One episode of the BBC series PLANET EARTH: BLUE PLANET II highlights denizens of the ocean depths that thrive independently of energy from the sun. They rely on energy from other sources, and some have no need of oxygen.
Some live in methane-rich environments known as "cold seeps" or "cold vents":Cold Seeps
These spots aren't "cold" in the absolute sense, just less hot than the hot vents referenced below. Bacteria, mussels, and tube worms live happily in the methane or hydrogen sulfide of these ecosystems. Some individual tube worms have been estimated to survive for 250 years in such locations. If similar life-forms developed on other planets in environments like these, in the absence of competition from oxygen-dependent and sunlight-dependent creatures, and eventually became intelligent, a lifespan of that length would allow them plenty of time to learn and pass on their learning to future generations.
Other organisms have evolved in the volcanically active areas around hydrothermal vents, where water can reach temperatures of several hundred degrees Fahrenheit:Hydrothermal Vents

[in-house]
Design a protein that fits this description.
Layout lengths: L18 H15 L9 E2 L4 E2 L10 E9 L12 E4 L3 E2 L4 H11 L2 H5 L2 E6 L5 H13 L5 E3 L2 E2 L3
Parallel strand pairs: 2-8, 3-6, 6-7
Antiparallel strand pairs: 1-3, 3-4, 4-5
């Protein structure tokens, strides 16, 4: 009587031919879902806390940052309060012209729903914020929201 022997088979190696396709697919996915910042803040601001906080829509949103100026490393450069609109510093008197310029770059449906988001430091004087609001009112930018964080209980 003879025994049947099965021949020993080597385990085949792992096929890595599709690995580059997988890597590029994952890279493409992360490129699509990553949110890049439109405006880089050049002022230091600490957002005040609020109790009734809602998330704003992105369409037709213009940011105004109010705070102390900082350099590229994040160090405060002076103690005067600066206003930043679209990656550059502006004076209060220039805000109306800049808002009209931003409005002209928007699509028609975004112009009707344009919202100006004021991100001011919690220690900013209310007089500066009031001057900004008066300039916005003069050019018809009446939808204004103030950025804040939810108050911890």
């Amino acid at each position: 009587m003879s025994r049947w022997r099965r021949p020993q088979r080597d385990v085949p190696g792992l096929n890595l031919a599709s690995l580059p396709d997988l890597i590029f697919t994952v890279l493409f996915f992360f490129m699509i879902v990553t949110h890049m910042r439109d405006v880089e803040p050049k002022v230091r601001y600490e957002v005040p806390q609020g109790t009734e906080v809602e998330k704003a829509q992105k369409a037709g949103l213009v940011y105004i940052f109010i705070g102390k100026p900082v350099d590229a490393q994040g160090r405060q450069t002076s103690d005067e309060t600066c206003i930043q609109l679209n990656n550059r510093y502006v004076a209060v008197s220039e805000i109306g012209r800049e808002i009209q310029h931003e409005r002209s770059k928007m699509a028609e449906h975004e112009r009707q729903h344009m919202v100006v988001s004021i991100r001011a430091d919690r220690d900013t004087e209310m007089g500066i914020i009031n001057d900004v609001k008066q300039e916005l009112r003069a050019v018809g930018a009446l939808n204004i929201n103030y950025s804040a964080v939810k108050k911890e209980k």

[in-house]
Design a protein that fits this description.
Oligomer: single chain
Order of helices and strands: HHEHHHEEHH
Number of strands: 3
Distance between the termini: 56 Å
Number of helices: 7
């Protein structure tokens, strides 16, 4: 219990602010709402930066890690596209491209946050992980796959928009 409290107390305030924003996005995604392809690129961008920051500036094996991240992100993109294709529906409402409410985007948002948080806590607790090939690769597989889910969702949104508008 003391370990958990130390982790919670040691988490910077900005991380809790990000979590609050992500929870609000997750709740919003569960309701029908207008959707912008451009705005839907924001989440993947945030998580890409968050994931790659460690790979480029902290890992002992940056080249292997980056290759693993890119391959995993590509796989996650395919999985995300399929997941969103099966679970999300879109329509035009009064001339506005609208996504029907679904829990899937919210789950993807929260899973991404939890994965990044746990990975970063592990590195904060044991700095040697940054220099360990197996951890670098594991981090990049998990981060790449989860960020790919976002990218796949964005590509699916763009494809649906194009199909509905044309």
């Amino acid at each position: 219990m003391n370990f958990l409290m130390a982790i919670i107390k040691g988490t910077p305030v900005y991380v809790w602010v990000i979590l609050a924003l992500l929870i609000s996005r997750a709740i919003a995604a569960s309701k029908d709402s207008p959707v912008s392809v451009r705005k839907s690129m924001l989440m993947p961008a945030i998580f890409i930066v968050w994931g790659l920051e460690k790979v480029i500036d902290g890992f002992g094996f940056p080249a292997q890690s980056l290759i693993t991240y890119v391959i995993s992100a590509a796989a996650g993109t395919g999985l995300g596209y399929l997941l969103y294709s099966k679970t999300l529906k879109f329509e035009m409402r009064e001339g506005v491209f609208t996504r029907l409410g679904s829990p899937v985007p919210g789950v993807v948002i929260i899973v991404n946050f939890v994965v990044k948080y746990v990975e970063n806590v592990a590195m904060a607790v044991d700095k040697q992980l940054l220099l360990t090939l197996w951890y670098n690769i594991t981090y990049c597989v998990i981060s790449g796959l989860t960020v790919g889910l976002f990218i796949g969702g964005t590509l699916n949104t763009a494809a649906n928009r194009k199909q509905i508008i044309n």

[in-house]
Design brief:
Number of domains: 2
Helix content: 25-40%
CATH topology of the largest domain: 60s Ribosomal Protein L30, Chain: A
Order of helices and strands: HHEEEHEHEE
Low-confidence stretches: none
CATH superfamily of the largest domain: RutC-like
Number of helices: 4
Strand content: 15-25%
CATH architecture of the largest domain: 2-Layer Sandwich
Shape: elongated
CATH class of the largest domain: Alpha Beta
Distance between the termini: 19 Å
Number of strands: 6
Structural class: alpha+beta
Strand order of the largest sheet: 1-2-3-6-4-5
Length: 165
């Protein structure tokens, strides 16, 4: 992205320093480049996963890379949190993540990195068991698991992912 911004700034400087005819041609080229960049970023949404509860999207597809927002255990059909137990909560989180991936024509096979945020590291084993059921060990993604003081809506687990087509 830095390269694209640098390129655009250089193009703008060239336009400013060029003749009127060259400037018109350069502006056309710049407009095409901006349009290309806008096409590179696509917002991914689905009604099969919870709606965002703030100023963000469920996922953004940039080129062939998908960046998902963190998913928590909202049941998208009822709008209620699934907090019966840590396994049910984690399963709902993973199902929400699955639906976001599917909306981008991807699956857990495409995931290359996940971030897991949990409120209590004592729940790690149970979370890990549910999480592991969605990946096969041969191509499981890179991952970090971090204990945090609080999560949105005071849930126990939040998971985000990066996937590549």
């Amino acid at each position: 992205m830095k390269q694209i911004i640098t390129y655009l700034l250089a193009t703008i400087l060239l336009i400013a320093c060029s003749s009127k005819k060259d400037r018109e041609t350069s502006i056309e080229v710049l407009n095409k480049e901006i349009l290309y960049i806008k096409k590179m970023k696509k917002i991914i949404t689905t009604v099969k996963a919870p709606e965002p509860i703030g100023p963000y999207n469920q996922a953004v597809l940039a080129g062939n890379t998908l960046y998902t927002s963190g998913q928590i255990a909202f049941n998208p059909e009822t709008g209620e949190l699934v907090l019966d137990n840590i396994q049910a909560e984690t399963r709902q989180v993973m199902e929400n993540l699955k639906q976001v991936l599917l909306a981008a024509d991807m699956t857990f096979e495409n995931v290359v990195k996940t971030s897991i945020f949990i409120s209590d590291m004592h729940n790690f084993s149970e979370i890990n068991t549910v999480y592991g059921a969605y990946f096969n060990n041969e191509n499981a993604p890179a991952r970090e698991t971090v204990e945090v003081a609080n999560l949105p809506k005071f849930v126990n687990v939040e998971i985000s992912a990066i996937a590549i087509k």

Like inhabitants of cold vents, life-forms in hydrothermal vents also depend on chemosynthetic bacteria for food. Crustaceans, tube worms and other types of worms, gastropods such as snails, and even eels are among some of the creatures that populate these locations. It's believed that life on Earth may have originated in an environment like this. Again, on a planet where this kind of environment dominated, we can imagine that hyrdrothermal-vent species might evolve sentience and intelligence.
So living creatures can exist right here on our planet in conditions that would be lethal to most Earth species. The quest for extraterrestrial life needn't confine itself to oxygen-rich environments. Moreover, we don't have to expect advanced beings to conform to the familiar humanoid shape. In Heinlein's HAVE SPACE SUIT, WILL TRAVEL, the teenage narrator describes the villain, an invader from a distant solar system. He's puzzled that these decidedly inhuman-looking aliens can survive in Terran environmental conditions, until he reminds himself that spiders resemble us much less, yet they live in our houses. We don't have to search beyond Earth's ecological systems to find bizarrely alien creatures.
The Wikipedia articles include some color photos of those exotic organisms. Take a look.
Margaret L. CarterCarter's Crypt